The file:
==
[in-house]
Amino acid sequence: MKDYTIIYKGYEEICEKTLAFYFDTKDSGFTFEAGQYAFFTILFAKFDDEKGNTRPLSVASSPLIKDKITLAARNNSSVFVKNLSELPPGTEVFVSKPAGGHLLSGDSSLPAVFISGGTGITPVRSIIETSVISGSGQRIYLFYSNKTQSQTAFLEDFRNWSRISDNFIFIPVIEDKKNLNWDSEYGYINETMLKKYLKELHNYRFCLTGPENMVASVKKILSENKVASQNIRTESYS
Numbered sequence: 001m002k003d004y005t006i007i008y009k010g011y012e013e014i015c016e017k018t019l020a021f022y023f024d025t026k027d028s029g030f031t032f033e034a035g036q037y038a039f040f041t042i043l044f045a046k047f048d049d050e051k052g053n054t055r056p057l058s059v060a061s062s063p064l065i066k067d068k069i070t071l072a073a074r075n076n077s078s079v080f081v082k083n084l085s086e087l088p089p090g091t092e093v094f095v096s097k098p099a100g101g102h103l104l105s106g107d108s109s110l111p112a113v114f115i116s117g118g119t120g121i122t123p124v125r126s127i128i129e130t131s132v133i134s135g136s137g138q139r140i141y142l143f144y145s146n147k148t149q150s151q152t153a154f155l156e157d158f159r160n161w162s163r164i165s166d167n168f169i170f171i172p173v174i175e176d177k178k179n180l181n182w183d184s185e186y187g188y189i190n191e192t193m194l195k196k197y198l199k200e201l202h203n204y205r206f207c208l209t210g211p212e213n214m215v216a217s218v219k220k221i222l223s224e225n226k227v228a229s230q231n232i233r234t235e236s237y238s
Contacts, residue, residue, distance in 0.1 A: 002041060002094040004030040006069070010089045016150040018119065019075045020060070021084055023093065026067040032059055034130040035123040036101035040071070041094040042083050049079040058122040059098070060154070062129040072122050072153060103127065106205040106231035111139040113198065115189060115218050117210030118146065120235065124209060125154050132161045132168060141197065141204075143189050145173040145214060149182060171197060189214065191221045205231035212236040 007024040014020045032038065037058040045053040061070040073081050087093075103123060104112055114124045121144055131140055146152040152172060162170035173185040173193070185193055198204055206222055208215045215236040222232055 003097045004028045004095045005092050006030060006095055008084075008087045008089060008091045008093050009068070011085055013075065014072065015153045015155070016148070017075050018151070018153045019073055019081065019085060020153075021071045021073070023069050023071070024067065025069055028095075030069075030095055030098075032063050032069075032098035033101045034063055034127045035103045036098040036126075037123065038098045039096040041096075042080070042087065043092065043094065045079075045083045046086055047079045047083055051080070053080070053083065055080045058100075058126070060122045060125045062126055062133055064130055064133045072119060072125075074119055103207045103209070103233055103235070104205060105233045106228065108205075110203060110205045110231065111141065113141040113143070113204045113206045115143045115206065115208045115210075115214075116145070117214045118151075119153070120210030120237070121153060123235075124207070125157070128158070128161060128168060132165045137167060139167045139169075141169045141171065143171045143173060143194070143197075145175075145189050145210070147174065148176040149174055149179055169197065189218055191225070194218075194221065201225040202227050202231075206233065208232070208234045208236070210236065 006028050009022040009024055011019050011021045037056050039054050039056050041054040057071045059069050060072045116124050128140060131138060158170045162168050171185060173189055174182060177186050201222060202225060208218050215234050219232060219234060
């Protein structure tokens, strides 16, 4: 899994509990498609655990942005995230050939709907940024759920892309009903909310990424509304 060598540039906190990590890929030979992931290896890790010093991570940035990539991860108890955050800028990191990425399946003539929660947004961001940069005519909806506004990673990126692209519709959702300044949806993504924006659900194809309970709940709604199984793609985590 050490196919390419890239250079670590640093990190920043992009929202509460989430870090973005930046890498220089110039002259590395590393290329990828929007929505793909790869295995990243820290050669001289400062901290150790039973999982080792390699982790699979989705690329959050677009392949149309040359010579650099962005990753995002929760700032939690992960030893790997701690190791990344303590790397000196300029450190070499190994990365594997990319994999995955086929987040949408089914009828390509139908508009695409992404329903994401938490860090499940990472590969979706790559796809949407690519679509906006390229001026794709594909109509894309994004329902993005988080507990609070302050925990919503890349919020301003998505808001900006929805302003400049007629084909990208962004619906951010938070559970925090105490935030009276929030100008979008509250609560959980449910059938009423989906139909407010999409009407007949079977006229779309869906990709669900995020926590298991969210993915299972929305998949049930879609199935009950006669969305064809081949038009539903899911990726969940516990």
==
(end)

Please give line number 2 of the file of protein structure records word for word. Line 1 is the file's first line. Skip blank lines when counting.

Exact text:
Amino acid sequence: MKDYTIIYKGYEEICEKTLAFYFDTKDSGFTFEAGQYAFFTILFAKFDDEKGNTRPLSVASSPLIKDKITLAARNNSSVFVKNLSELPPGTEVFVSKPAGGHLLSGDSSLPAVFISGGTGITPVRSIIETSVISGSGQRIYLFYSNKTQSQTAFLEDFRNWSRISDNFIFIPVIEDKKNLNWDSEYGYINETMLKKYLKELHNYRFCLTGPENMVASVKKILSENKVASQNIRTESYS